Challenges to South Korean Power in the Early 21st Century
This chapter provides a comprehensive analysis of the national capabilities of the Republic of Korea (ROK), assesses the outlook for its future development, and draws implications for the region and the U.S.
Commensurate with its rapid economic growth since the late 1960s, South Korea has made enormous strides in virtually all categories of hard power. The ROK has also been joined in a critical alliance with the U.S. since the end of the Korean War. Despite these achievements, however, South Korea faces core challenges heading into the late 2010s and beyond, such as a growing North Korean nuclear arsenal, a rapidly aging society with falling birthrates, rising social welfare costs, and a developmental state model that can no longer sustain higher rates of growth. Moreover, while the ROK remains focused on meeting a range of threats from North Korea, it must also take into consideration other major drivers such as China’s increasingly robust and sophisticated power-projection and access-denial capabilities.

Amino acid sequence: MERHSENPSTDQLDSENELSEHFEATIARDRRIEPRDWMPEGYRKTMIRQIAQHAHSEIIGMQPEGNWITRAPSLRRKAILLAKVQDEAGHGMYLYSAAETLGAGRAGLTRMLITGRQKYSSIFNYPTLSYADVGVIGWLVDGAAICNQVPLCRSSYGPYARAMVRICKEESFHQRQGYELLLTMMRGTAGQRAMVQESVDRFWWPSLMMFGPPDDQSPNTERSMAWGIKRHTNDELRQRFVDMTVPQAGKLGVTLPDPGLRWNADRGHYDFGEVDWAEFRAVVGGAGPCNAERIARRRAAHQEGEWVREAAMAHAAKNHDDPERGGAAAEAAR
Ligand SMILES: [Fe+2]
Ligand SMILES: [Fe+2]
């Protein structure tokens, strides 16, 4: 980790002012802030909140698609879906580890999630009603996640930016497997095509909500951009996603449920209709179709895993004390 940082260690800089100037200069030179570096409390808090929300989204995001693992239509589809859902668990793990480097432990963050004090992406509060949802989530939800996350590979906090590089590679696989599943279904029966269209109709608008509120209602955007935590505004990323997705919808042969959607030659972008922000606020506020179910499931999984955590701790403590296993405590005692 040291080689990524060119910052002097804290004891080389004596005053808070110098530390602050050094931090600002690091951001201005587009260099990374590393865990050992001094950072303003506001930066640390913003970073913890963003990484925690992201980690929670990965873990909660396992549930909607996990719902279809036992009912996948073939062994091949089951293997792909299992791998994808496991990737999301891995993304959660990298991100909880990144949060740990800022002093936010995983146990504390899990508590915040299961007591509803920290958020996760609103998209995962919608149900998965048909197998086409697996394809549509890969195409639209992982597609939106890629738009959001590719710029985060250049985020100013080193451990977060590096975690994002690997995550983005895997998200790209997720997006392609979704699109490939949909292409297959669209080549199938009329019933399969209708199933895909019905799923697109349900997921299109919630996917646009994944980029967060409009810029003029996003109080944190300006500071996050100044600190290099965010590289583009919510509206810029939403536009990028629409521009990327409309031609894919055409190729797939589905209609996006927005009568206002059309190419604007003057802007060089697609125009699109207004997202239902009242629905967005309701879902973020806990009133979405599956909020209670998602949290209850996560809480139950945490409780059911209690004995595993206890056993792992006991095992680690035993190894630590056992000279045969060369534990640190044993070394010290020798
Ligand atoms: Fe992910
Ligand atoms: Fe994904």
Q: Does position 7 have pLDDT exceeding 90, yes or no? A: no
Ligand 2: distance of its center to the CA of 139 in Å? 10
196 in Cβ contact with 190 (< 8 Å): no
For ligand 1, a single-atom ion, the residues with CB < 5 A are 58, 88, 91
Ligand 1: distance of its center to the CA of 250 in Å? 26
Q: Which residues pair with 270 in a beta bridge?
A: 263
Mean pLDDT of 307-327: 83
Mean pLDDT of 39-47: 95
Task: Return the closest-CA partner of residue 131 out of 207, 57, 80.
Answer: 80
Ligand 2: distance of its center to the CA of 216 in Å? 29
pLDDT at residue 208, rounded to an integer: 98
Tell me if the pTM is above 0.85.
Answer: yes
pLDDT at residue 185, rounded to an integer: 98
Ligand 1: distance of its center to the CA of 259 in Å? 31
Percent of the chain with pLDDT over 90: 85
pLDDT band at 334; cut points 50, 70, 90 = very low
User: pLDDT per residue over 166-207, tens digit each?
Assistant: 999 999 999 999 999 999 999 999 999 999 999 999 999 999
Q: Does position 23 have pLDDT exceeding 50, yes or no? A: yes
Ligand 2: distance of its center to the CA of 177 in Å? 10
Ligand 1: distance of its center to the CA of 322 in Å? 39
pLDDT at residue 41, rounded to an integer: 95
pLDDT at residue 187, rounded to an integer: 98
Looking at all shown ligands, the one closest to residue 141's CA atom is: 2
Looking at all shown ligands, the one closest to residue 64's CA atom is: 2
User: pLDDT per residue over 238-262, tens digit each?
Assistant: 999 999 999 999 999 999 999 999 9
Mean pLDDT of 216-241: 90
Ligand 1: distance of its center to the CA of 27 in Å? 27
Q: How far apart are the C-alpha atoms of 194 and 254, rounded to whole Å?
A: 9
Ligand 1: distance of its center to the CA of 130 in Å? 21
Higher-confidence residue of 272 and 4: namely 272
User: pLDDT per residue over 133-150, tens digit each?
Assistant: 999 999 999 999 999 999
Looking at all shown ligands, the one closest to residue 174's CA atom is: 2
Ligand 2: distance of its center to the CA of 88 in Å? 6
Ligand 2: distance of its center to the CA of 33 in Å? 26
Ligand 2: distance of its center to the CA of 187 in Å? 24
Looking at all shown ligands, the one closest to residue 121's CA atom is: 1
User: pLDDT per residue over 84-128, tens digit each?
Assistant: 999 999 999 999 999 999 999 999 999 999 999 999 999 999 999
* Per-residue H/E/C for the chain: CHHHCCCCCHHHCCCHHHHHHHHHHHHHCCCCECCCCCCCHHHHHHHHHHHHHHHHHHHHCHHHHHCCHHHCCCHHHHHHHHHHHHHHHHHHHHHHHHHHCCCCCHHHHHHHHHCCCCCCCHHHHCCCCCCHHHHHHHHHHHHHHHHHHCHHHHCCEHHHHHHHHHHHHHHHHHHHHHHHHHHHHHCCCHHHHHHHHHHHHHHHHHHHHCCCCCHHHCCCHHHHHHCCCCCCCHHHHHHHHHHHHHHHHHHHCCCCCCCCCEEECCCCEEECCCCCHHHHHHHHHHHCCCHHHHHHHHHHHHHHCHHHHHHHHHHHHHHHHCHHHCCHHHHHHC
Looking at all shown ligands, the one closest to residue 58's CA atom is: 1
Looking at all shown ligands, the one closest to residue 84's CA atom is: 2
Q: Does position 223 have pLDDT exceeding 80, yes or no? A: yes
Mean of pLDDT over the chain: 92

- Given both the country’s rapidly changing demographic profile and the limitations of the developmental state model that was used to engineer its dramatic growth, South Korea needs to consider revising the so-called 1987 constitution and formulating a new “developmental consensus.”
- To ensure that South Korea remains competitive economically, it should continue to strengthen the global trade regime through the implementation of existing free trade agreements and should support trade diversification, greater deregulation, and both defense and nondefense R&D.
- The ROK should shift the focus of its military reform strategy from structural changes to operational and managerial changes in order to enhance the military’s ability to modernize its force, including through greater investments in command, control, communications, computers, intelligence, surveillance, and reconnaissance (C4ISR) capabilities and advanced precision-guided munitions.
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